| Quote #4
"Nature, too, is trivial, in the sense you give to it. Nature is not a temple, but a workshop, and man's the workman in it." (8.48)
What is the difference between viewing nature as a temple and viewing it as a workshop? Which seems to be the more environmental view? Why do you think Bazarov is so opposed to the simple experiences of wonder and awe? Would Nikolai be a better estate manager if he viewed nature as a workshop instead of a temple?
| Quote #5
"That poplar-tree," Bazarov remarked, "reminds me of my childhood: it grows on the edge of the pit where the brick kiln used to be, and in those days I firmly believed that the clay-pit and the poplar constituted a special talisman: I never found time hang heavy on my hands when I was near them. I did not understand then that the reason time did not hang heavy was because I was a young boy. Well, now I'm grown up, the talisman no longer works." (21.40)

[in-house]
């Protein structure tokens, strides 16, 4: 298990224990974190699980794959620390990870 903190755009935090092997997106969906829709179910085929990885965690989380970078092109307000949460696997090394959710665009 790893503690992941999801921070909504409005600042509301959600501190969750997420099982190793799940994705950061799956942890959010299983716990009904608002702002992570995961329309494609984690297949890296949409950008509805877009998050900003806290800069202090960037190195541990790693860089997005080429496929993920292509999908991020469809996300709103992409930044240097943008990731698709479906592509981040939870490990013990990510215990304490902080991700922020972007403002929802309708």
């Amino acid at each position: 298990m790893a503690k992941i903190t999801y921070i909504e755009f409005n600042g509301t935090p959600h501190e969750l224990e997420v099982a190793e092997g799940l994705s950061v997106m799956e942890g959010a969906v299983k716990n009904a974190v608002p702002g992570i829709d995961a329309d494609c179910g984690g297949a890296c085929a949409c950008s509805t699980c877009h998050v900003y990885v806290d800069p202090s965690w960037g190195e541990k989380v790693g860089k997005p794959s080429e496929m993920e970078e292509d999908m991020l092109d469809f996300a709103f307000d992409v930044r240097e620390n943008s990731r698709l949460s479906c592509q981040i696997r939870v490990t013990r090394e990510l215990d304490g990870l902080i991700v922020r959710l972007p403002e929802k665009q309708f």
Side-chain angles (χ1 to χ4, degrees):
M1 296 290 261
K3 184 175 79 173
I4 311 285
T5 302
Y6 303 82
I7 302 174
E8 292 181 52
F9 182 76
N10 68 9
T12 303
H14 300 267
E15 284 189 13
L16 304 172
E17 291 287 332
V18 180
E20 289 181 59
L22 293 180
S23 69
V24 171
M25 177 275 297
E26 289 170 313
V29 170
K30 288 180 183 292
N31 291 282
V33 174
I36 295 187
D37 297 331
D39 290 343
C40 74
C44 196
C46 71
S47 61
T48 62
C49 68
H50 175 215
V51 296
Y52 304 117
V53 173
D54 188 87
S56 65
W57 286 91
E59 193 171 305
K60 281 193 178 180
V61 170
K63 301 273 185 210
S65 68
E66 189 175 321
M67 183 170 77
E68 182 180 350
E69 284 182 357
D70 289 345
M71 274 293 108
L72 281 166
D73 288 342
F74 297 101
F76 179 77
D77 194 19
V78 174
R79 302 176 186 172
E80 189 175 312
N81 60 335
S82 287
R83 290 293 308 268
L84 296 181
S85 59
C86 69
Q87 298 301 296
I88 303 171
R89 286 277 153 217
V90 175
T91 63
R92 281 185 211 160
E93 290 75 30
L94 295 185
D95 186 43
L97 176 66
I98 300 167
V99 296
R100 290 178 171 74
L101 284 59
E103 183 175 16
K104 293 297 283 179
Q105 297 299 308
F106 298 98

How is an enchantment with nature linked with childhood? Why do you think Bazarov has lost this enchantment? Does one necessarily lose it as one grows older or is there something peculiar about Bazarov that has made him lose it?
| Quote #6
"Look," Arkady suddenly exclaimed, "a withered maple leaf has come off and is fluttering to the ground: its movements are exactly like a butterfly in flight. Isn't it strange that something so mournful and dead should be like a creature so gay and full of life?" (21.105)
A moment later, Bazarov will dismiss Arkady's observation as fancy talk. What might Arkady be indirectly saying about Bazarov here? Why do you think nature expresses this given idea for Arkady? Does the idea seem like it was prompted by nature or that nature just provided a metaphor for it?